Tag Archive | "open-source"

Red Hat Teams With Google Compute Engine To Ease Cloud Management

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Red Hat announced a deal today in which Red Hat Enterprise Linux customers could move their subscriptions to Google Compute Engine, a deal that could benefit both companies. Red Hat offers what it calls a “bring your own subscription” plan. For instance, Red Hat Linux customers can shift their installations from on-premises to a public cloud provider of their choice as long as it’s part of… Read More

Article courtesy of TechCrunch

Microsoft Launches .NET Foundation To Foster The .NET Open Source Ecosystem

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At its Build developer conference in San Francisco, Microsoft today announced the launch of the .NET Foundation. This new independent foundation around the .NET framework, which forms the core of Microsoft’s developer ecosystem, will form the umbrella for all of the parts of .NET Microsoft has already open sourced and will release under an open source license (most likely Apache 2.0) in the… Read More

Article courtesy of TechCrunch

How To Play Quake (Again) On Your Raspberry Pi

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A month ago, the folks at Raspberry Pi announced that they now had access, thanks to Broadcomm, to an open driver for the BCM21553 cellphone processor chip. This meant that DIYers now had complete access to the board and would be able to access the onboard Raspberry BCM2835 chip (a similar chip to the BCM21553) with an open source driver – as long as someone ported it over from the BCM21553. Read More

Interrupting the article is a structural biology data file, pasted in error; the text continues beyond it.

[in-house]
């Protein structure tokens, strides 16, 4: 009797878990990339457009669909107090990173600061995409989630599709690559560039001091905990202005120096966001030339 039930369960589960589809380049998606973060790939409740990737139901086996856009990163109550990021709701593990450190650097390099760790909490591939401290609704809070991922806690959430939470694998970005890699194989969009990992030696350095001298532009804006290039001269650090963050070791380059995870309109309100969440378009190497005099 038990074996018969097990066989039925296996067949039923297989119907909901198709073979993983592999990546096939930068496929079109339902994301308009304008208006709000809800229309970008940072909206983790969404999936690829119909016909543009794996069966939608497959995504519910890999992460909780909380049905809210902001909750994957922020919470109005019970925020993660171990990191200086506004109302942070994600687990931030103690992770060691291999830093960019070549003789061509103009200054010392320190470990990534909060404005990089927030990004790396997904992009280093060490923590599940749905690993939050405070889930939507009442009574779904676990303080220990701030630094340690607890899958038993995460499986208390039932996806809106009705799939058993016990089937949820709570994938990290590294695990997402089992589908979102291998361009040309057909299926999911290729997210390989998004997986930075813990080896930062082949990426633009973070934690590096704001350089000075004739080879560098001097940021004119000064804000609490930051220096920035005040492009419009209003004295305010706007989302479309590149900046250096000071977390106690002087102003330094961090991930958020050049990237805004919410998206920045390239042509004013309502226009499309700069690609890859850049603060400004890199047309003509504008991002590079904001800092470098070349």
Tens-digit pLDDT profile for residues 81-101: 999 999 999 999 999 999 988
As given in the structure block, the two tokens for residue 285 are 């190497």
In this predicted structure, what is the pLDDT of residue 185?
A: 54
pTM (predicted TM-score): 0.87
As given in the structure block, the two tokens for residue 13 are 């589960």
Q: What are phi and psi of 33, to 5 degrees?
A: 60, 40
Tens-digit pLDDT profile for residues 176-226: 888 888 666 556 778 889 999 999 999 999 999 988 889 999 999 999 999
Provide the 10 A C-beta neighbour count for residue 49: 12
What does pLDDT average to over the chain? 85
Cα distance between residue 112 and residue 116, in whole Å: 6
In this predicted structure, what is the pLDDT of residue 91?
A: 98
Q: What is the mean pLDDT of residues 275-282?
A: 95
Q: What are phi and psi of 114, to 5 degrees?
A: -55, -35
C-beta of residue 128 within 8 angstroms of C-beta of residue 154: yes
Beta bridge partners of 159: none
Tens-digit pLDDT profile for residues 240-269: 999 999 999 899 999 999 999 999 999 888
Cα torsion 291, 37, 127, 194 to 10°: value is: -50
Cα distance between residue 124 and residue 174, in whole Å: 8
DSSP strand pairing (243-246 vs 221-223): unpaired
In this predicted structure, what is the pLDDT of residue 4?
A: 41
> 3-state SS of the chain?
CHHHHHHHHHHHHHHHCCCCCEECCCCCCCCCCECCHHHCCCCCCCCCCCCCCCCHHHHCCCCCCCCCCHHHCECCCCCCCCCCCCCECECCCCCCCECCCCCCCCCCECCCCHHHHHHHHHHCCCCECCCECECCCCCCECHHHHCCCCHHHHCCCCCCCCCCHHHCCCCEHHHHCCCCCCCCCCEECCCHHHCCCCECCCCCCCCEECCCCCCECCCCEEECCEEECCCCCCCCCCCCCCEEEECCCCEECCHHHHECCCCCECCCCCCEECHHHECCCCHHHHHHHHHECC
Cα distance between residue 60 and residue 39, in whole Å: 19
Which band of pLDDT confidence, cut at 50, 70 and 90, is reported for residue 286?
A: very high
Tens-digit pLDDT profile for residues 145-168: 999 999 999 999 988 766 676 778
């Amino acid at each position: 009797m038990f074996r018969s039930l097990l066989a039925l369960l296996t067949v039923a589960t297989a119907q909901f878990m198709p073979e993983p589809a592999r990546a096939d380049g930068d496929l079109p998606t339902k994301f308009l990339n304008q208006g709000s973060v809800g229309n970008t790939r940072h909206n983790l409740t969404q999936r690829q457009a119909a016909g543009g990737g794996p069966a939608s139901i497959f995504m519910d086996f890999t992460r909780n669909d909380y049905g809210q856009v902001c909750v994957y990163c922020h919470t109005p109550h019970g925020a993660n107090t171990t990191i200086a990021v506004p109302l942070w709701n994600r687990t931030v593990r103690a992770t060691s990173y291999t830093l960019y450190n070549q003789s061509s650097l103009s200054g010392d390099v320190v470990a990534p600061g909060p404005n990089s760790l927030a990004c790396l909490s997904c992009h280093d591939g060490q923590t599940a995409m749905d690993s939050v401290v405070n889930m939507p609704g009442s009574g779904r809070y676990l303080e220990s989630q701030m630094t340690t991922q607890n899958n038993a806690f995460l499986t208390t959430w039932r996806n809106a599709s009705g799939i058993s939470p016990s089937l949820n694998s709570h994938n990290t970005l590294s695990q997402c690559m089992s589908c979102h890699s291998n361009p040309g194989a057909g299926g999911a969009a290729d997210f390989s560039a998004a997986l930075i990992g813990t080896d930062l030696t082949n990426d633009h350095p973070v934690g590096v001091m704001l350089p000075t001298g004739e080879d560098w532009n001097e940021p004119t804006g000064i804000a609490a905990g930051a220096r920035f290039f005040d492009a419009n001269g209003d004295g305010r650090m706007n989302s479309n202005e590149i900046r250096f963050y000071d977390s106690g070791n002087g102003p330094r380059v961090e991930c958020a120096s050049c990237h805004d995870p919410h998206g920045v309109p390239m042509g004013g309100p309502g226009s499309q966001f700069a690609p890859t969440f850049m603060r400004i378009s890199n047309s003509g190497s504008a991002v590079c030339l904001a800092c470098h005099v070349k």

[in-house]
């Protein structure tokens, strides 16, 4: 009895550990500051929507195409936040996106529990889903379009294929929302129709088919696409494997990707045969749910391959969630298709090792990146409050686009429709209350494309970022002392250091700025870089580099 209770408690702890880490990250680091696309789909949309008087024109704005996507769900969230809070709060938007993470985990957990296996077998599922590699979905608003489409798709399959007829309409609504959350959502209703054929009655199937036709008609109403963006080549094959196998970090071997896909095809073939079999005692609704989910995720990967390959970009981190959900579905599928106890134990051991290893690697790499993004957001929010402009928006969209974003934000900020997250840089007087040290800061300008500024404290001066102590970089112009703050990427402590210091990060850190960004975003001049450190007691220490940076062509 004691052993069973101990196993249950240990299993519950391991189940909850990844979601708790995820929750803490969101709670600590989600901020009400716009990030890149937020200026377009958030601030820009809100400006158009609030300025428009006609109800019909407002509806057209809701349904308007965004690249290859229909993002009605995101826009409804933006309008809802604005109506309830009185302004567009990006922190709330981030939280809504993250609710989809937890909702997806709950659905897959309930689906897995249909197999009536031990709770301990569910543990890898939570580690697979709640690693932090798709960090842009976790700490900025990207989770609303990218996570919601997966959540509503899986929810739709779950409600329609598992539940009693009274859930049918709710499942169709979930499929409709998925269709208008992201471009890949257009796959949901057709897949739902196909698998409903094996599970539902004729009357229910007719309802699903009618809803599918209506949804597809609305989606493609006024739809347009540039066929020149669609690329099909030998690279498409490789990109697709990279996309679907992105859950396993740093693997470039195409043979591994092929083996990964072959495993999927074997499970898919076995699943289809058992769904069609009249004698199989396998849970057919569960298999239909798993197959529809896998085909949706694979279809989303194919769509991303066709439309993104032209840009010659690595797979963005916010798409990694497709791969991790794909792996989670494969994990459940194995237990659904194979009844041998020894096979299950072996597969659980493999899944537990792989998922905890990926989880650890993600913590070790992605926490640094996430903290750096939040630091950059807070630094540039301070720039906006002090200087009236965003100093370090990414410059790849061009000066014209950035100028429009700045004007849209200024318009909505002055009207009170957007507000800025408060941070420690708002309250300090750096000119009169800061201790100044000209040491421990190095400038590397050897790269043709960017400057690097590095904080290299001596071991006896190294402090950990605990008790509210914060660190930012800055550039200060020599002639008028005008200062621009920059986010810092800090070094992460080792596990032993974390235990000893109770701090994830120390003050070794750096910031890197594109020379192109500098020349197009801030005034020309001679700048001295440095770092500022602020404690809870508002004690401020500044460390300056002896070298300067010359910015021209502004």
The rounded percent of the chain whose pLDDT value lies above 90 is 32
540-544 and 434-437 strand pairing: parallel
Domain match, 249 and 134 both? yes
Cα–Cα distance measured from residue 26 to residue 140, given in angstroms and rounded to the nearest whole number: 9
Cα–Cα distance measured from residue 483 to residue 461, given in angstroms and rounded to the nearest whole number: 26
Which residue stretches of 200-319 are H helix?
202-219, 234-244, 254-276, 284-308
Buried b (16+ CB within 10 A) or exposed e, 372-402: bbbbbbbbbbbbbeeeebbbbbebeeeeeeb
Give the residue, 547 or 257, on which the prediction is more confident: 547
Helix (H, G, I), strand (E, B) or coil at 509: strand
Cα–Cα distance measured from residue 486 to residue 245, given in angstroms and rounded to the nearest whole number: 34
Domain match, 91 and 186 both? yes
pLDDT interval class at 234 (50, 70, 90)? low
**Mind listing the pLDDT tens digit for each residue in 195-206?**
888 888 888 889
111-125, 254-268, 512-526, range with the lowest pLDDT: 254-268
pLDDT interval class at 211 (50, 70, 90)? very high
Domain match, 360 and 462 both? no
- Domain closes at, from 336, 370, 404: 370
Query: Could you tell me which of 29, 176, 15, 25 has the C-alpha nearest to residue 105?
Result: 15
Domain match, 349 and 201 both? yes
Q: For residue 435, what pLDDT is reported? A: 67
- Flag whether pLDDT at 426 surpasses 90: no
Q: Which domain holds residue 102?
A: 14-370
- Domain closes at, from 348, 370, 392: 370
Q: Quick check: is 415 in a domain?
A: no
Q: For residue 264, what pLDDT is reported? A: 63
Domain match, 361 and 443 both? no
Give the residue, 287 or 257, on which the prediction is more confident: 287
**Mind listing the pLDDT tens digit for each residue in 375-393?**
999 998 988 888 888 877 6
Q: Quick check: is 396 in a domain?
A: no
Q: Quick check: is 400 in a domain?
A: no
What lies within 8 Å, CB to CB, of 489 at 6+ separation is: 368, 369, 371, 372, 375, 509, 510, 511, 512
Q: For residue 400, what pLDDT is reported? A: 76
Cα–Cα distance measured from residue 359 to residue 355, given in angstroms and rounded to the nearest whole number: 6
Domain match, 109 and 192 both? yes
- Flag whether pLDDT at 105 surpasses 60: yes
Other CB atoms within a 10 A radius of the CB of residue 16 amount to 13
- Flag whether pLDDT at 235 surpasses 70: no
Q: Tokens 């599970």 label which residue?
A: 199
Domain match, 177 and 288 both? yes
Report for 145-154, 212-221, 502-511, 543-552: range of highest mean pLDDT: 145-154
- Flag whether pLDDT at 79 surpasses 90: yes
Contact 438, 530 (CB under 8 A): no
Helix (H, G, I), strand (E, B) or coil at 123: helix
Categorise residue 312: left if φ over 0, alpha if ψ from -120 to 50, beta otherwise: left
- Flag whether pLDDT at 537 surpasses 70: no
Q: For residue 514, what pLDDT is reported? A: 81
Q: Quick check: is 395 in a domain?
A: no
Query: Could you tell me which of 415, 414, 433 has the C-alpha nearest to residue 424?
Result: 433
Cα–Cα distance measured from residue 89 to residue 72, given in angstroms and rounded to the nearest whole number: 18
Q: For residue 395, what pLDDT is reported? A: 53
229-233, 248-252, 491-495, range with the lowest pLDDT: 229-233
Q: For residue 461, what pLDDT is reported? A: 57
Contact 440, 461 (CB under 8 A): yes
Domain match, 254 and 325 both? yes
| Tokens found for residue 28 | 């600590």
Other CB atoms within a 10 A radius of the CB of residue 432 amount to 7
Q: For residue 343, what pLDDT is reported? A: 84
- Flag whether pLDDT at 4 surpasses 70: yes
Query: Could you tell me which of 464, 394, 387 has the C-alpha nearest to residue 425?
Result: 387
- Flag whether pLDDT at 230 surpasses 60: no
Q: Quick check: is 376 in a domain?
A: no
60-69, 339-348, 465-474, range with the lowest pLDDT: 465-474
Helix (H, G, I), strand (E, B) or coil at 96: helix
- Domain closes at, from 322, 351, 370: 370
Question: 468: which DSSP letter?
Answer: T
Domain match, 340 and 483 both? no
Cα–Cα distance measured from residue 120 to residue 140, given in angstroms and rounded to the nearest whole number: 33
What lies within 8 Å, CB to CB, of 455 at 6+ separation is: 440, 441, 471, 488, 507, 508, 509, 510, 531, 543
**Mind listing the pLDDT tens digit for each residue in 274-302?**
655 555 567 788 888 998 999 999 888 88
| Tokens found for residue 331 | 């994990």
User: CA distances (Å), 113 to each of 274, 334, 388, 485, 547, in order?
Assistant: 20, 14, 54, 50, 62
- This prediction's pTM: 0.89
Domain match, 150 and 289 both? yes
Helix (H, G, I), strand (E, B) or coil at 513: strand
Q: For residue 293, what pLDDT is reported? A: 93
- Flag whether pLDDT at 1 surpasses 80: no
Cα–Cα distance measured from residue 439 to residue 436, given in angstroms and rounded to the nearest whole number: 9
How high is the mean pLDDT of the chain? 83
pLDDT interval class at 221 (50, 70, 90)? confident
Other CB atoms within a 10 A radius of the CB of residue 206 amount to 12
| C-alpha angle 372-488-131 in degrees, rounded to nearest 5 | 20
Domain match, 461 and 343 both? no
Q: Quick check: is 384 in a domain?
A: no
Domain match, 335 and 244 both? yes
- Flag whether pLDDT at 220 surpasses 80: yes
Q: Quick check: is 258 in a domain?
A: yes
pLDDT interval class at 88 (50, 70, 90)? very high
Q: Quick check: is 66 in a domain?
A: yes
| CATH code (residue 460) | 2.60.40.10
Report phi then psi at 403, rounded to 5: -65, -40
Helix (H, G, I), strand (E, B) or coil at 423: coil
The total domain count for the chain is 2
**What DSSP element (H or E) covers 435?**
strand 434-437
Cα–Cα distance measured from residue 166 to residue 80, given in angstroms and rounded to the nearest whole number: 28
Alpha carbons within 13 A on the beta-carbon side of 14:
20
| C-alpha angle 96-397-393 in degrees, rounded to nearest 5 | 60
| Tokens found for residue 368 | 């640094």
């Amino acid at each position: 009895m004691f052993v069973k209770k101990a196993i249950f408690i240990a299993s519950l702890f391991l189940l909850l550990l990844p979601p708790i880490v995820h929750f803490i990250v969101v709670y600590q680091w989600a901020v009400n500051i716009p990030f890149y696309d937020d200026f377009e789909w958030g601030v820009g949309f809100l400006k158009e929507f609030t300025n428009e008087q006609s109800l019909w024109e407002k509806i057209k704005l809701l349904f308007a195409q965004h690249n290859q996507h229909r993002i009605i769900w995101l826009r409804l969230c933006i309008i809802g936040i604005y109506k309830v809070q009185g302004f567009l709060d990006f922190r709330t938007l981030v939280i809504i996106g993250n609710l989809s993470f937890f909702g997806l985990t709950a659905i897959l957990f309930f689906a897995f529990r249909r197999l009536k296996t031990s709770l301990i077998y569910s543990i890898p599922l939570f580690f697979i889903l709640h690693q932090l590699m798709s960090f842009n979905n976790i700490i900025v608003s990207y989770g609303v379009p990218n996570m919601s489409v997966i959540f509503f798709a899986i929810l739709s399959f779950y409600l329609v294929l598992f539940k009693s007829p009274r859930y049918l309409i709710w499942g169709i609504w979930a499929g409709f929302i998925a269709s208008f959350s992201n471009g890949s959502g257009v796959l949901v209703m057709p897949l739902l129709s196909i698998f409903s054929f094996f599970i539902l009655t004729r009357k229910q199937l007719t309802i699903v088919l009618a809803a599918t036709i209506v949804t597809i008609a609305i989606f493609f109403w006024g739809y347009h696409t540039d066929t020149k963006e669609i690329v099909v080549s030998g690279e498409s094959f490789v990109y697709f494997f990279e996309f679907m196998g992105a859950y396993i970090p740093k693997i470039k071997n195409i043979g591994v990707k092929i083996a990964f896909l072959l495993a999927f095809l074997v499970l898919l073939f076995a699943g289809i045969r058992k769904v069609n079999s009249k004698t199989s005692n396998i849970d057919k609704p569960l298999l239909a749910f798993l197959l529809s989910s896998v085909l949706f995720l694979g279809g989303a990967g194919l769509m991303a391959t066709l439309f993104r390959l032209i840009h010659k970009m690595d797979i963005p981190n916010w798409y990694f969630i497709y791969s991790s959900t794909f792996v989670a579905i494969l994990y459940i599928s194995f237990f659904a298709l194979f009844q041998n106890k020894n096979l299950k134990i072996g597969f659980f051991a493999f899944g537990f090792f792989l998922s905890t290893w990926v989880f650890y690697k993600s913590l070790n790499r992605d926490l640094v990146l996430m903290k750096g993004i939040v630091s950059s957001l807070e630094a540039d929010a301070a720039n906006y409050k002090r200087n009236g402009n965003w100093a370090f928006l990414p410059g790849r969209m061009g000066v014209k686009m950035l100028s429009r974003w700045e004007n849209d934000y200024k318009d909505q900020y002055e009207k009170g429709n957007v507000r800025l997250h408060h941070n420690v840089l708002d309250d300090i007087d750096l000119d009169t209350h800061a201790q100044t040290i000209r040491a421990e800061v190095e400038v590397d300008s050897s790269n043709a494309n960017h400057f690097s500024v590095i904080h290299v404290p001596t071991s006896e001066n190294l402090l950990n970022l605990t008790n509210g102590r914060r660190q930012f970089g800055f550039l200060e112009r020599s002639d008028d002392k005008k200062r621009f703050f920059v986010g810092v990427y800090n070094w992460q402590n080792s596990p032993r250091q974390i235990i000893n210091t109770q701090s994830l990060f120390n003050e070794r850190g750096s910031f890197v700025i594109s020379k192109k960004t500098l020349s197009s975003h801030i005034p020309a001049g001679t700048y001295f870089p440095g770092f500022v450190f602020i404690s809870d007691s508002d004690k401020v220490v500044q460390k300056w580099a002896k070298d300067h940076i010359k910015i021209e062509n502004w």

Article courtesy of TechCrunch

Popcorn Time Is Dead

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Hollywood won. The open source project called Popcorn Time is dead after just four days. It’s not really surprising. “Popcorn Time is shutting down today. Not because we ran out of energy, commitment, focus or allies. But because we need to move on with our lives,” reads the website and a post on Medium. Days after its quiet launch, word about the magical Popcorn Time program was… Read More

Article courtesy of TechCrunch

Adblock Plus Now Blocks 8,600 Tracking Filters As Ad Tech Explodes

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The story of advertising online in the last year has significantly also been a story about the rise of ad tech — ways of serving users more relevant ads, and ways of monitoring how users have responded to them. Unsurprisingly, this has also translated into a big rise in tracking technology: Adblock Plus, the popular German-based open source project that creates browser extensions and an Android… Read More

Article courtesy of TechCrunch

Facebook building data center in Sweden using new architecture

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A rendering of Facebook’s Luleå 2 Rapid Deployment Data Center (RDDC)

If you’re near Luleå, Sweden, you could witness the first Facebook data center being built using a new kind of architecture.

Rapid deployment data center design (RDDC) is a new kind of building concept from Open Compute Project, an industry-wide coalition of technology companies that is creating cost and energy efficient designs and sharing them for free under an open source model. This new design idea that will allow Facebook to expand its capacity twice as fast. The concept was discussed during the Open Compute Summit in January. This will be the second data center building in Luleå, but the first using this new architecture.

This new approach to data center design will enable Facebook to construct and deploy new capacity twice as fast at its previous approach. It will be much more site-agnostic and reduce the amount of of materials used during construction.